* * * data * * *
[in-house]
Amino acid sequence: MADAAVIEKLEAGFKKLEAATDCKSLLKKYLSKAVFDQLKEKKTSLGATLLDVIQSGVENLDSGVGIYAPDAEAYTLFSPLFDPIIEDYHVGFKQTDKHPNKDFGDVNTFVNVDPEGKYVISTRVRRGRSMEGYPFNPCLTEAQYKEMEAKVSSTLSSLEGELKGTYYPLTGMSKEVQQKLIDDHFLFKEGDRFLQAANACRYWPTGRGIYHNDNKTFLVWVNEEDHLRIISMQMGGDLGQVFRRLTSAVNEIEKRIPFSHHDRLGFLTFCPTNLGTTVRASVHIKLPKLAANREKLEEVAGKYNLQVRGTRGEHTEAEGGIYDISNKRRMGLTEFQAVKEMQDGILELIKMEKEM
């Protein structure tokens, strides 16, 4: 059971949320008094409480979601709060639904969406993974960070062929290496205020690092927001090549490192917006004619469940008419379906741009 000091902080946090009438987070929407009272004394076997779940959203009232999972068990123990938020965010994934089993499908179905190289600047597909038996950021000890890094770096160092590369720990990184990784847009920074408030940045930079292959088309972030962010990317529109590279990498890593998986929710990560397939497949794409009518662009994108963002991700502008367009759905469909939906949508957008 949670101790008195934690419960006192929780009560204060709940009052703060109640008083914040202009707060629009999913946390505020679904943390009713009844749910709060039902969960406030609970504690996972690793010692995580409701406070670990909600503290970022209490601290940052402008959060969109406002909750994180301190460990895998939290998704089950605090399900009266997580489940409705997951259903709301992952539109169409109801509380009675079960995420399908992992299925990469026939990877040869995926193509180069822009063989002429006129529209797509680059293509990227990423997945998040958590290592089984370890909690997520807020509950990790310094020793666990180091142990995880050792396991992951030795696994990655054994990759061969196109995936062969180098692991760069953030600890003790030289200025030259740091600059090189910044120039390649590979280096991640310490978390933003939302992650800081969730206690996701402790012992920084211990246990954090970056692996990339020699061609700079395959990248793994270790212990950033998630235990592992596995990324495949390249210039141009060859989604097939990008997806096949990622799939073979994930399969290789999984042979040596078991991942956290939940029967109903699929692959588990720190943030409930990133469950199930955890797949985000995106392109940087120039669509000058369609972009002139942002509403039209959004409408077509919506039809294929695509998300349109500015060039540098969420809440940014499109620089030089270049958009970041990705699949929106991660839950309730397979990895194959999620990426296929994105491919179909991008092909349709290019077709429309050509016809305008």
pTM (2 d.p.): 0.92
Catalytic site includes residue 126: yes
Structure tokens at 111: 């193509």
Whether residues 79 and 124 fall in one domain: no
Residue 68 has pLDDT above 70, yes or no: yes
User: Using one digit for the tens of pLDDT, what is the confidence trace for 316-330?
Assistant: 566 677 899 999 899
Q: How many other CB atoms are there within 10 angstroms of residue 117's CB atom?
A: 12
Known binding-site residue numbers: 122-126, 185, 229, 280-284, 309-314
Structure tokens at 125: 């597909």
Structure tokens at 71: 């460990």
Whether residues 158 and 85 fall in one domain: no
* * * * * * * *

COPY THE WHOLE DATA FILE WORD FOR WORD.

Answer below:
[in-house]
Amino acid sequence: MADAAVIEKLEAGFKKLEAATDCKSLLKKYLSKAVFDQLKEKKTSLGATLLDVIQSGVENLDSGVGIYAPDAEAYTLFSPLFDPIIEDYHVGFKQTDKHPNKDFGDVNTFVNVDPEGKYVISTRVRRGRSMEGYPFNPCLTEAQYKEMEAKVSSTLSSLEGELKGTYYPLTGMSKEVQQKLIDDHFLFKEGDRFLQAANACRYWPTGRGIYHNDNKTFLVWVNEEDHLRIISMQMGGDLGQVFRRLTSAVNEIEKRIPFSHHDRLGFLTFCPTNLGTTVRASVHIKLPKLAANREKLEEVAGKYNLQVRGTRGEHTEAEGGIYDISNKRRMGLTEFQAVKEMQDGILELIKMEKEM
């Protein structure tokens, strides 16, 4: 059971949320008094409480979601709060639904969406993974960070062929290496205020690092927001090549490192917006004619469940008419379906741009 000091902080946090009438987070929407009272004394076997779940959203009232999972068990123990938020965010994934089993499908179905190289600047597909038996950021000890890094770096160092590369720990990184990784847009920074408030940045930079292959088309972030962010990317529109590279990498890593998986929710990560397939497949794409009518662009994108963002991700502008367009759905469909939906949508957008 949670101790008195934690419960006192929780009560204060709940009052703060109640008083914040202009707060629009999913946390505020679904943390009713009844749910709060039902969960406030609970504690996972690793010692995580409701406070670990909600503290970022209490601290940052402008959060969109406002909750994180301190460990895998939290998704089950605090399900009266997580489940409705997951259903709301992952539109169409109801509380009675079960995420399908992992299925990469026939990877040869995926193509180069822009063989002429006129529209797509680059293509990227990423997945998040958590290592089984370890909690997520807020509950990790310094020793666990180091142990995880050792396991992951030795696994990655054994990759061969196109995936062969180098692991760069953030600890003790030289200025030259740091600059090189910044120039390649590979280096991640310490978390933003939302992650800081969730206690996701402790012992920084211990246990954090970056692996990339020699061609700079395959990248793994270790212990950033998630235990592992596995990324495949390249210039141009060859989604097939990008997806096949990622799939073979994930399969290789999984042979040596078991991942956290939940029967109903699929692959588990720190943030409930990133469950199930955890797949985000995106392109940087120039669509000058369609972009002139942002509403039209959004409408077509919506039809294929695509998300349109500015060039540098969420809440940014499109620089030089270049958009970041990705699949929106991660839950309730397979990895194959999620990426296929994105491919179909991008092909349709290019077709429309050509016809305008």
pTM (2 d.p.): 0.92
Catalytic site includes residue 126: yes
Structure tokens at 111: 């193509």
Whether residues 79 and 124 fall in one domain: no
Residue 68 has pLDDT above 70, yes or no: yes
User: Using one digit for the tens of pLDDT, what is the confidence trace for 316-330?
Assistant: 566 677 899 999 899
Q: How many other CB atoms are there within 10 angstroms of residue 117's CB atom?
A: 12
Known binding-site residue numbers: 122-126, 185, 229, 280-284, 309-314
Structure tokens at 125: 């597909």
Structure tokens at 71: 């460990």
Whether residues 158 and 85 fall in one domain: no